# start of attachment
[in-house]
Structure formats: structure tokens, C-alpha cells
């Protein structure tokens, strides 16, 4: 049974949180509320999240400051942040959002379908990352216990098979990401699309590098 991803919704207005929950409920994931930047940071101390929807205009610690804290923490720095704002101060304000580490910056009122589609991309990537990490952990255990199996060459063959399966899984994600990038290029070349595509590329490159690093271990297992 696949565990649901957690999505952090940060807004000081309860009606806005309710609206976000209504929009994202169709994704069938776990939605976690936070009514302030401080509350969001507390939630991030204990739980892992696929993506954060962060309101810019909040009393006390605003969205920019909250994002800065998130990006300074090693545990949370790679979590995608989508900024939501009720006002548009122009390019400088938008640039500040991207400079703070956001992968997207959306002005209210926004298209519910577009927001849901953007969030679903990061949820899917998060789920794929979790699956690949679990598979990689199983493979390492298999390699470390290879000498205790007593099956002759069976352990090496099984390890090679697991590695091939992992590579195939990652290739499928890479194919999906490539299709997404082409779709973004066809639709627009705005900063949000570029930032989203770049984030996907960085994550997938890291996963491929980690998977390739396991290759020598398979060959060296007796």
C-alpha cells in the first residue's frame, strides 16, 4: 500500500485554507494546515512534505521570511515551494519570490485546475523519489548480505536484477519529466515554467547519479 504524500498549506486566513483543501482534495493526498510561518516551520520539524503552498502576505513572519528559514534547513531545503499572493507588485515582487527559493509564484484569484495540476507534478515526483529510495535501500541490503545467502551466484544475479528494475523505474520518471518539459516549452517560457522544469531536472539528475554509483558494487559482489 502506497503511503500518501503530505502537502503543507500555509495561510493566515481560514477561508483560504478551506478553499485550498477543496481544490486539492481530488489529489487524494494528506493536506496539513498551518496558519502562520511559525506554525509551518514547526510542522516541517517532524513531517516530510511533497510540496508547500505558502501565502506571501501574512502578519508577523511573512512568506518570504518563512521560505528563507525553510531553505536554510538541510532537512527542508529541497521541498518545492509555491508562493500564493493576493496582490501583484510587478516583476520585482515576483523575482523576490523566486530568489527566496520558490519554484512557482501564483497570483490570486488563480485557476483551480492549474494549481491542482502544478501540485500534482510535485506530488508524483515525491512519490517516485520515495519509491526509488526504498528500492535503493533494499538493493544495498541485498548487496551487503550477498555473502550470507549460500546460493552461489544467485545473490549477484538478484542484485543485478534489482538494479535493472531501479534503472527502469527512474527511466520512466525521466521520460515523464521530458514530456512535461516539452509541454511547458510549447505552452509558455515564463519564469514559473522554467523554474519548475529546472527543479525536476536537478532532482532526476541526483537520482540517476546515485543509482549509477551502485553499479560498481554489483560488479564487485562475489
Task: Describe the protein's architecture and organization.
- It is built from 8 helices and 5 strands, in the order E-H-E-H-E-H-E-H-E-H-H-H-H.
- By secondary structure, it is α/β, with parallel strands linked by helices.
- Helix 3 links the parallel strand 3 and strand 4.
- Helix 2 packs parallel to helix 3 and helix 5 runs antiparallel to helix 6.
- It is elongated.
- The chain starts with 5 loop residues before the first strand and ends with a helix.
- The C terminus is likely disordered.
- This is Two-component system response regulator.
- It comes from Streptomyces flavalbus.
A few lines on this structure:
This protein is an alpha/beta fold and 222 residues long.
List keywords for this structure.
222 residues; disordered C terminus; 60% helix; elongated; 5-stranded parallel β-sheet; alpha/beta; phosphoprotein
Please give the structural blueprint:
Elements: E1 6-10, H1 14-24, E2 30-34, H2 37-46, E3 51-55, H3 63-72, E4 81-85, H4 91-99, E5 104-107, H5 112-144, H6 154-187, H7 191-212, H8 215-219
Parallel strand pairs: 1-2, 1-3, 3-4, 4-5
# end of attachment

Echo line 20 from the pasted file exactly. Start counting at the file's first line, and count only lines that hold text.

Elements: E1 6-10, H1 14-24, E2 30-34, H2 37-46, E3 51-55, H3 63-72, E4 81-85, H4 91-99, E5 104-107, H5 112-144, H6 154-187, H7 191-212, H8 215-219